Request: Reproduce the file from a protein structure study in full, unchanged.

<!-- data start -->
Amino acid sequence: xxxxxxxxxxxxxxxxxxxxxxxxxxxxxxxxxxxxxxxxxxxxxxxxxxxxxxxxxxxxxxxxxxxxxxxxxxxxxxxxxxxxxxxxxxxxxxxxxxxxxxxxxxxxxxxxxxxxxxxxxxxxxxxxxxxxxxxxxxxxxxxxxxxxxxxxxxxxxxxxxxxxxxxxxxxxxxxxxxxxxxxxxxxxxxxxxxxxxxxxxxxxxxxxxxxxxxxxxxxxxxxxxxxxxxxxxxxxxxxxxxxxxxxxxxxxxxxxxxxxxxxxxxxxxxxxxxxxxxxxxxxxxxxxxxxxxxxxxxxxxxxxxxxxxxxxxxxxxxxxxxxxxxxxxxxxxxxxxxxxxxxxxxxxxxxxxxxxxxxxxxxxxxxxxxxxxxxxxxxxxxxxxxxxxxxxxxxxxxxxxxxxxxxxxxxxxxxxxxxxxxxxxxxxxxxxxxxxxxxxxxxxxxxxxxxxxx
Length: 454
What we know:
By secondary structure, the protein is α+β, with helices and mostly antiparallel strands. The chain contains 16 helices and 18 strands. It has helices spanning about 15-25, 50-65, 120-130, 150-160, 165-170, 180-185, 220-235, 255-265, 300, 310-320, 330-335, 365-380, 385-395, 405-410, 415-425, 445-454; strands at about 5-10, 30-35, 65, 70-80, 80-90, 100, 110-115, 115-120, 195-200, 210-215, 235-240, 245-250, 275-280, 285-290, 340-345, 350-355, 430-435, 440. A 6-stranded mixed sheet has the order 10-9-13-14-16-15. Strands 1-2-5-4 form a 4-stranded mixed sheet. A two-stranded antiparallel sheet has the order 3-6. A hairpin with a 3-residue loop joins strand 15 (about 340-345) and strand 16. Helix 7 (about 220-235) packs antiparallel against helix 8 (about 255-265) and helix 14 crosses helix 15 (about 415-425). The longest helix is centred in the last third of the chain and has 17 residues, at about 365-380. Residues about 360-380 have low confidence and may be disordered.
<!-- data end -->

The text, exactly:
Amino acid sequence: xxxxxxxxxxxxxxxxxxxxxxxxxxxxxxxxxxxxxxxxxxxxxxxxxxxxxxxxxxxxxxxxxxxxxxxxxxxxxxxxxxxxxxxxxxxxxxxxxxxxxxxxxxxxxxxxxxxxxxxxxxxxxxxxxxxxxxxxxxxxxxxxxxxxxxxxxxxxxxxxxxxxxxxxxxxxxxxxxxxxxxxxxxxxxxxxxxxxxxxxxxxxxxxxxxxxxxxxxxxxxxxxxxxxxxxxxxxxxxxxxxxxxxxxxxxxxxxxxxxxxxxxxxxxxxxxxxxxxxxxxxxxxxxxxxxxxxxxxxxxxxxxxxxxxxxxxxxxxxxxxxxxxxxxxxxxxxxxxxxxxxxxxxxxxxxxxxxxxxxxxxxxxxxxxxxxxxxxxxxxxxxxxxxxxxxxxxxxxxxxxxxxxxxxxxxxxxxxxxxxxxxxxxxxxxxxxxxxxxxxxxxxxxxxxxxxxx
Length: 454
What we know:
By secondary structure, the protein is α+β, with helices and mostly antiparallel strands. The chain contains 16 helices and 18 strands. It has helices spanning about 15-25, 50-65, 120-130, 150-160, 165-170, 180-185, 220-235, 255-265, 300, 310-320, 330-335, 365-380, 385-395, 405-410, 415-425, 445-454; strands at about 5-10, 30-35, 65, 70-80, 80-90, 100, 110-115, 115-120, 195-200, 210-215, 235-240, 245-250, 275-280, 285-290, 340-345, 350-355, 430-435, 440. A 6-stranded mixed sheet has the order 10-9-13-14-16-15. Strands 1-2-5-4 form a 4-stranded mixed sheet. A two-stranded antiparallel sheet has the order 3-6. A hairpin with a 3-residue loop joins strand 15 (about 340-345) and strand 16. Helix 7 (about 220-235) packs antiparallel against helix 8 (about 255-265) and helix 14 crosses helix 15 (about 415-425). The longest helix is centred in the last third of the chain and has 17 residues, at about 365-380. Residues about 360-380 have low confidence and may be disordered.